Cairo- Even though an armistice has been in effect among militias overrunning Libyan capital, Tripoli, fears of renewed clashes have been escalating after a brigade dubbed “Tripoli’s Rebels Battalion” announced the assassination of one of its members.
Commander Tarek Durman, serving under the internationally backed Government of National Accord (GNA,) also announced that his battalion’s HQ has been put under the attack of several militias.
For his part, GNA Prime Minister Fayes Sarraj had issued a statement ordering the protection of civilians and public property. Sarraj elaborated on the sizable presence of loose guns on the streets is a result to the vicious conflict the country has been drowning in.
French Foreign Minister Jean-Marc Ayrlaut, in a phone call, to Libyan PM Sarraj called on limiting violence and promoting peace for Libya’s stability.
On the other hand, United States Secretary of State John Kerry said that a foreign military intervention in Libya is not a current option, and that only a diplomacy-fangled solution can settle the Libya crisis.
“Our tools are diplomacy. We are not looking at other options,” Kerry told journalists alongside his Italian counterpart Paolo Gentiloni following a summit in Rome on the future of countries in the Mediterranean region.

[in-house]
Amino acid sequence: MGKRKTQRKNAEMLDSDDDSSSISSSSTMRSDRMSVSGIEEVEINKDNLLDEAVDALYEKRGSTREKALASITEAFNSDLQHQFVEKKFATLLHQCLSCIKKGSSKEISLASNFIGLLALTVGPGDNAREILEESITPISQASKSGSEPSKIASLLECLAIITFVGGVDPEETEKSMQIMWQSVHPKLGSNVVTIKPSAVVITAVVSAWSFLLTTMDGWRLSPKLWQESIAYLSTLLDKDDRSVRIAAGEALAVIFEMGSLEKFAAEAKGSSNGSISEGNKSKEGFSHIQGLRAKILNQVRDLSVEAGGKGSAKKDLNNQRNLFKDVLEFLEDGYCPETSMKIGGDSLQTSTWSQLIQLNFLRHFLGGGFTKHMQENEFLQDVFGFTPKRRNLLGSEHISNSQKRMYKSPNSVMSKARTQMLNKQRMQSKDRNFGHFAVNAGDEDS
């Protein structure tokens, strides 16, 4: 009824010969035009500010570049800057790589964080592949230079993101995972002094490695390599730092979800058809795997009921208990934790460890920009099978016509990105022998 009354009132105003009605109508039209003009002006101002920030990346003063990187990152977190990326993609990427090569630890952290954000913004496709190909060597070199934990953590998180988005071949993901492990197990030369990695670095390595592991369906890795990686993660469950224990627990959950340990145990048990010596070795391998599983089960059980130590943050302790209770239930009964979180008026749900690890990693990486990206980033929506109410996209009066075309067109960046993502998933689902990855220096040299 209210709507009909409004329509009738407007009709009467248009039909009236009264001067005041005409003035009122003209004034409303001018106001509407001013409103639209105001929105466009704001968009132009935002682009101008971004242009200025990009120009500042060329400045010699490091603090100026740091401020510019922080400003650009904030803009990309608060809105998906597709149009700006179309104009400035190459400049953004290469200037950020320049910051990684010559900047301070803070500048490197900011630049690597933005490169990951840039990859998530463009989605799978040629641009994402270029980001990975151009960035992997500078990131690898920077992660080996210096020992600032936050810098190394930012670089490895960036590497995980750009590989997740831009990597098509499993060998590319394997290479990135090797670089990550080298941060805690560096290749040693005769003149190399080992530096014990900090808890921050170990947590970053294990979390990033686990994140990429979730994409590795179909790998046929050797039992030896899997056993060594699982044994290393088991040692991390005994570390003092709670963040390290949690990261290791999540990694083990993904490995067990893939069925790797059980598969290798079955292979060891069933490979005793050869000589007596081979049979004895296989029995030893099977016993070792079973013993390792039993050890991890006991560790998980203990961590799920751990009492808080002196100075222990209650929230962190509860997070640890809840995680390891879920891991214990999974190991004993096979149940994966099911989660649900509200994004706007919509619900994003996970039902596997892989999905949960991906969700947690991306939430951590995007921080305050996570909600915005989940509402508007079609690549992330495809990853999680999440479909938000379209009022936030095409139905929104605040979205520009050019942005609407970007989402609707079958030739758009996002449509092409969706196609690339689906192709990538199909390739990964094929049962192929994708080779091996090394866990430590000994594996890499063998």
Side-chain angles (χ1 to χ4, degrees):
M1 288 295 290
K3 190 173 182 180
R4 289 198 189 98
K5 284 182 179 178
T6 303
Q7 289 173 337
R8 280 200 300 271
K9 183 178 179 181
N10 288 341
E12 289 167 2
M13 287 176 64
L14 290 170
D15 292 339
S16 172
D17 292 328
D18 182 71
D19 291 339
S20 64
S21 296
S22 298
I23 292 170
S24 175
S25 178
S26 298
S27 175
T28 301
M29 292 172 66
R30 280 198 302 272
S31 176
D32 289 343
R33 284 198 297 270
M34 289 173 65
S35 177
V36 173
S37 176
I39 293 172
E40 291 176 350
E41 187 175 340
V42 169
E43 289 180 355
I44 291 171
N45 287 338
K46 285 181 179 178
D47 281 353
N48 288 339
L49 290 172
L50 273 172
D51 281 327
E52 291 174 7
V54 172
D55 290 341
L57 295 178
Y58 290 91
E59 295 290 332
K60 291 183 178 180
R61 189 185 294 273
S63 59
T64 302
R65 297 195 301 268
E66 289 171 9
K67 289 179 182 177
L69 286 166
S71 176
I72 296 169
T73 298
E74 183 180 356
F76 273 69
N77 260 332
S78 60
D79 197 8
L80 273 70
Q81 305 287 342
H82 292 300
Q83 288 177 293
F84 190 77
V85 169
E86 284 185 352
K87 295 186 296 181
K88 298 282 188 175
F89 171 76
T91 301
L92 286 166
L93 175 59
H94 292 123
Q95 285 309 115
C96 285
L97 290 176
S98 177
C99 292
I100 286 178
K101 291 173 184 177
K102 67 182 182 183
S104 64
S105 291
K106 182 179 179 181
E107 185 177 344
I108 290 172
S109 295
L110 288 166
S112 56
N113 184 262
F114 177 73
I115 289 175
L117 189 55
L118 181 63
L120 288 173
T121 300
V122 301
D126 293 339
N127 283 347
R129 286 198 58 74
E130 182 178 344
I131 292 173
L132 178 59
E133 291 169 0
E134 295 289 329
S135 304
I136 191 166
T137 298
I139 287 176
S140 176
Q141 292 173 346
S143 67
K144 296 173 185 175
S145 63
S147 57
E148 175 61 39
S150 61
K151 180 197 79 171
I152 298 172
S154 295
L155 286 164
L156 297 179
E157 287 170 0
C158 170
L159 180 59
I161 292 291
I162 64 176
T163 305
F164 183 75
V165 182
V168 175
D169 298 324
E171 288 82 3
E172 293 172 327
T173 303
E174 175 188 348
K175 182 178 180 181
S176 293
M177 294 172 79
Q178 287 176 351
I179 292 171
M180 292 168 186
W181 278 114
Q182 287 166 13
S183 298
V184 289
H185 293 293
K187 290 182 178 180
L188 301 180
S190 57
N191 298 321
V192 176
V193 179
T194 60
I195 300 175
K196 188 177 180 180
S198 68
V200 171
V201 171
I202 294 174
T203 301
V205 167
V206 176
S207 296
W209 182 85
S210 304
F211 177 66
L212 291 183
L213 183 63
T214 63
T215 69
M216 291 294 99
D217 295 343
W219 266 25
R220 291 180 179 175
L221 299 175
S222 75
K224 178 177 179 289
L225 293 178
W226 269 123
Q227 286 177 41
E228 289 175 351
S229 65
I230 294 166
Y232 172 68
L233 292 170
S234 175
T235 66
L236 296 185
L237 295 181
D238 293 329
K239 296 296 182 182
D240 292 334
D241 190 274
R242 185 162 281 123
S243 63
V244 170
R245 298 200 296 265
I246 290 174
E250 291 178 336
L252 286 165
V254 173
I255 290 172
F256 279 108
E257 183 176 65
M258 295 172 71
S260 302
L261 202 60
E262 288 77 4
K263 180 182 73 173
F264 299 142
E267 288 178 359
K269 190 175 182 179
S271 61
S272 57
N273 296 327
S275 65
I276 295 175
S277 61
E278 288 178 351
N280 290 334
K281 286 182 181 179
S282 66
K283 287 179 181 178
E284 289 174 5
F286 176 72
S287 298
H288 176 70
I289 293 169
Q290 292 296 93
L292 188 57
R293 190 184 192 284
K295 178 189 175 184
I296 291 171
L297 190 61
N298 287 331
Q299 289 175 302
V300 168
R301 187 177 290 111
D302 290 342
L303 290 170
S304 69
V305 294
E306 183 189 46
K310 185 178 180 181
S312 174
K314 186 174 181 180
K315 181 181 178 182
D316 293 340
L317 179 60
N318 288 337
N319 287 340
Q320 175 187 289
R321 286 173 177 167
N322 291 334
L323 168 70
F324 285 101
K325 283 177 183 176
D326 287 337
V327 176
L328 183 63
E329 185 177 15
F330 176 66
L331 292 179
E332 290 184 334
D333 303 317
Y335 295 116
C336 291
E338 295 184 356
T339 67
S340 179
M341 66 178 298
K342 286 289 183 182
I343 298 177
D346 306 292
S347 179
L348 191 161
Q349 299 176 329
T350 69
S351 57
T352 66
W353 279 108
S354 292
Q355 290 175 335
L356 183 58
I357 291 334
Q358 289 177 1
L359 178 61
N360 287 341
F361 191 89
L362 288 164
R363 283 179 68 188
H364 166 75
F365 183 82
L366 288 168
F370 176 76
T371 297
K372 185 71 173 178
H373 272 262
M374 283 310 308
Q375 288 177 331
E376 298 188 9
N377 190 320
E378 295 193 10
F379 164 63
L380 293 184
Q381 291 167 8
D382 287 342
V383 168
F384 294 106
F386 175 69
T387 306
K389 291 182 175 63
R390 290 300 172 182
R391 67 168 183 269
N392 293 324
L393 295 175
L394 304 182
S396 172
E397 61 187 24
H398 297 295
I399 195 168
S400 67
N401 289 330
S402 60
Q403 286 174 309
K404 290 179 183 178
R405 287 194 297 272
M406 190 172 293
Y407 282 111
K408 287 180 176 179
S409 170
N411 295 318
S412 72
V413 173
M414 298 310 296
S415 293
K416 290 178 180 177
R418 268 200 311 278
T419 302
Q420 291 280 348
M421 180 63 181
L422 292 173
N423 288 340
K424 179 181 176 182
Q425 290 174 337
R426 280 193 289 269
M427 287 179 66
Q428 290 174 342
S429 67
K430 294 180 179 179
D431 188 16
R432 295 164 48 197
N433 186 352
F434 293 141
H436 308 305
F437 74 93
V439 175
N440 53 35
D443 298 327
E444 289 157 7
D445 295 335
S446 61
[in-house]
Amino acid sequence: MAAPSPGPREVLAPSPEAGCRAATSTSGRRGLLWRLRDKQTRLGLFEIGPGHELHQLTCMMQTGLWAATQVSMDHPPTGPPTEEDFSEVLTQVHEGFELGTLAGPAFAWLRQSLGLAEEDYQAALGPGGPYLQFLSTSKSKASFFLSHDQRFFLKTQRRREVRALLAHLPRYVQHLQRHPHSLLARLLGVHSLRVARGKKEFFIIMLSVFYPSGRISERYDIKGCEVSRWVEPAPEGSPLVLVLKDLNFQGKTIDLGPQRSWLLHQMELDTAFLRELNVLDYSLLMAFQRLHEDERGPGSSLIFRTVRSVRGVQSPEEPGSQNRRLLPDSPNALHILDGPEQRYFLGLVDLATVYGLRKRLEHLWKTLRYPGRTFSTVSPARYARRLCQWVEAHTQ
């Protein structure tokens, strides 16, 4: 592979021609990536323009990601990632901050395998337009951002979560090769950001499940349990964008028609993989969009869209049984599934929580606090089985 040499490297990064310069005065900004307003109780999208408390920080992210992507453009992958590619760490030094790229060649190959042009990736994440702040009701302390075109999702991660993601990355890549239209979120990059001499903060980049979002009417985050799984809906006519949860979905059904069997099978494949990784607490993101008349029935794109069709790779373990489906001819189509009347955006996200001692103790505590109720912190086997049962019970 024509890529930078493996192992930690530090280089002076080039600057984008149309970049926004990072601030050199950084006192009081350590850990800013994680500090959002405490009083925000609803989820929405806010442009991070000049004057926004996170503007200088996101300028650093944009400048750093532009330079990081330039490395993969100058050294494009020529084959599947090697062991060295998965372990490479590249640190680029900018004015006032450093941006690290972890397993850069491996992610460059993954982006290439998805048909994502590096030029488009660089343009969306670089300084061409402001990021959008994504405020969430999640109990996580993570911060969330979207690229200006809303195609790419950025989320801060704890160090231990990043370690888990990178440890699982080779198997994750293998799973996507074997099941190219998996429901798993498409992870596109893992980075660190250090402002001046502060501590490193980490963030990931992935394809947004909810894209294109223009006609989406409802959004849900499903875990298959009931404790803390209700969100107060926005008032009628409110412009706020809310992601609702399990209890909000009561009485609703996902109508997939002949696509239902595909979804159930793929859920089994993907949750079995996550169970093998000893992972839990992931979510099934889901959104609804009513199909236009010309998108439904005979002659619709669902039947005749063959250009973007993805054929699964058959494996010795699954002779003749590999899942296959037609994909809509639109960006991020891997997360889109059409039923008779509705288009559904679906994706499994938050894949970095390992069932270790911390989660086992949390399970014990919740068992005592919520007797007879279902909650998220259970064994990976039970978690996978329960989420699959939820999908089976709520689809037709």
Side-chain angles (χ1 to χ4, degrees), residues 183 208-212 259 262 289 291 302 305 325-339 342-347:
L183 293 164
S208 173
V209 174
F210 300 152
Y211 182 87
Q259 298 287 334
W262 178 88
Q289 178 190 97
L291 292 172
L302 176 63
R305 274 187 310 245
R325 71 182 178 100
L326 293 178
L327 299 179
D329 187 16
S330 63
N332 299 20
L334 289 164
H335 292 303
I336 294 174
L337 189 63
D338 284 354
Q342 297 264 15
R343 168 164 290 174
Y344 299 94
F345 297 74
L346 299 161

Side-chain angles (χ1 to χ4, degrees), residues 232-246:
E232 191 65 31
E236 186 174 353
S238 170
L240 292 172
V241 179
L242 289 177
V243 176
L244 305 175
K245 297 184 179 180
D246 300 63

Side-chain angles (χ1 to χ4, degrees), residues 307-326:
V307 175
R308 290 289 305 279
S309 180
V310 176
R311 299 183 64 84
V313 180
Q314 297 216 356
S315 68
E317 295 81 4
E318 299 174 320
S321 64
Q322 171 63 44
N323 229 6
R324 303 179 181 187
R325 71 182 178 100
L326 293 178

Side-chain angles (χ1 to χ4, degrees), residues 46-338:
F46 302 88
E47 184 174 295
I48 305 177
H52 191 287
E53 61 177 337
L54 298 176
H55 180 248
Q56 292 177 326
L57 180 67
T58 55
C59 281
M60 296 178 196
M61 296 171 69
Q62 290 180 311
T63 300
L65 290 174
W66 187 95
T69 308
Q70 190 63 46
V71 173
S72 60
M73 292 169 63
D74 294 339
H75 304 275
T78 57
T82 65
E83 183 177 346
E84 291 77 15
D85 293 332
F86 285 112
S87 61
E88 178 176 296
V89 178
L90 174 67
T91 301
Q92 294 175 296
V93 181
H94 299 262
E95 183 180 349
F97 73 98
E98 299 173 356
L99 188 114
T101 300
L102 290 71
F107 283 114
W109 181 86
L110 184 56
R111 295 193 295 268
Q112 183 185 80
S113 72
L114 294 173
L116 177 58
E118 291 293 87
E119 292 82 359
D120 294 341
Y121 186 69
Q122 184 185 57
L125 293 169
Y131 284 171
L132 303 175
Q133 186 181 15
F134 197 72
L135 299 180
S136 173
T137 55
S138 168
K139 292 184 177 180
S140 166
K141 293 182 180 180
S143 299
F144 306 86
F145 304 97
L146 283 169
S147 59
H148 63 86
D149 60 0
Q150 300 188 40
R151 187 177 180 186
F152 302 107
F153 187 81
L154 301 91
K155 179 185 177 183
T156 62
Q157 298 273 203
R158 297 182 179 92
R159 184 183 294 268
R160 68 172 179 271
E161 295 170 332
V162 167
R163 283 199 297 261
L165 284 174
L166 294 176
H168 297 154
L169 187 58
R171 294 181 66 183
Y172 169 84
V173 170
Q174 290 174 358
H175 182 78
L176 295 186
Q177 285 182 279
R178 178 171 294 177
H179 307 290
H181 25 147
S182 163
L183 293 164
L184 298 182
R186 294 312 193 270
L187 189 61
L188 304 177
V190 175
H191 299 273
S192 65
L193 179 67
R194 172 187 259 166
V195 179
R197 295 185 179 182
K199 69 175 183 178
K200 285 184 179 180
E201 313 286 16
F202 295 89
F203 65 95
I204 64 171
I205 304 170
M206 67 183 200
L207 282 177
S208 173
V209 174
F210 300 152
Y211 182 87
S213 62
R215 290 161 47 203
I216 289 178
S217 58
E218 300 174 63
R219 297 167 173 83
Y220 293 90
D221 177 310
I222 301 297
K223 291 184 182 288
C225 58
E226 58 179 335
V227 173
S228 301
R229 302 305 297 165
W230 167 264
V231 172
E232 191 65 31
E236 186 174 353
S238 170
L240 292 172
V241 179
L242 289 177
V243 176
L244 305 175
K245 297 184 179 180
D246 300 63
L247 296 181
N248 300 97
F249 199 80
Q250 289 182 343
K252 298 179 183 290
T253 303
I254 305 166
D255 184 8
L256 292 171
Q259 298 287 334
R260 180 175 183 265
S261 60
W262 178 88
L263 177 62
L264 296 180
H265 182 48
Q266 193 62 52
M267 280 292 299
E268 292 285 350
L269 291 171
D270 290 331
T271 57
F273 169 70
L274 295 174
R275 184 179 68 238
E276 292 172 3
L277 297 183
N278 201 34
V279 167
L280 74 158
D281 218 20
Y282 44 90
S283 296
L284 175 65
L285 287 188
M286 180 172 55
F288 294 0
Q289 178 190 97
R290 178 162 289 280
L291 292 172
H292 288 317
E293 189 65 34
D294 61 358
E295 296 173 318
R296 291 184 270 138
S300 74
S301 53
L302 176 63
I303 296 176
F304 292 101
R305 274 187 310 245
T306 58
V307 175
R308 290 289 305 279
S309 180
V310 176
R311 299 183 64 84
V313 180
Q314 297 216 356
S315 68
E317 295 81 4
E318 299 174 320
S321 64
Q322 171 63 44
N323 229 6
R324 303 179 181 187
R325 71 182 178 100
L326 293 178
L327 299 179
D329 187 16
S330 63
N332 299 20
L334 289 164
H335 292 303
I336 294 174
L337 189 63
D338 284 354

“I don’t think any country is prepared to engage in military action.”
Kerry said that diplomatic efforts had made progress, disagreeing with Gentiloni who said that negotiations “have not yet produced results”.
“There has been a significant shift in the last month of efforts diplomatically to bring general (Khalifa) Haftar to the table…and create a series of meetings to try to resolve some differences,” said Kerry, referring to the military strongman who has refused to support a U.N.-backed unity government.
This is considered the first time for U.S. Secretary Kerry to have referred to Gen. Haftar by his military post. He instead supports a parallel authority, based in eastern Libya near the border with Egypt, that controls much of the country’s oil production.
So far, Tripoli’s downtown is on the lock-down by the two brigades and sounds of gunfire and heavy shelling is heard around the capital as fears of civilians mount regarding whether this would be a new war or just another round of skirmishes inside the unstable capital.
No clear interference by the GNA security authorities has been registered so far and there has not been any statement by any official about the looming conflict.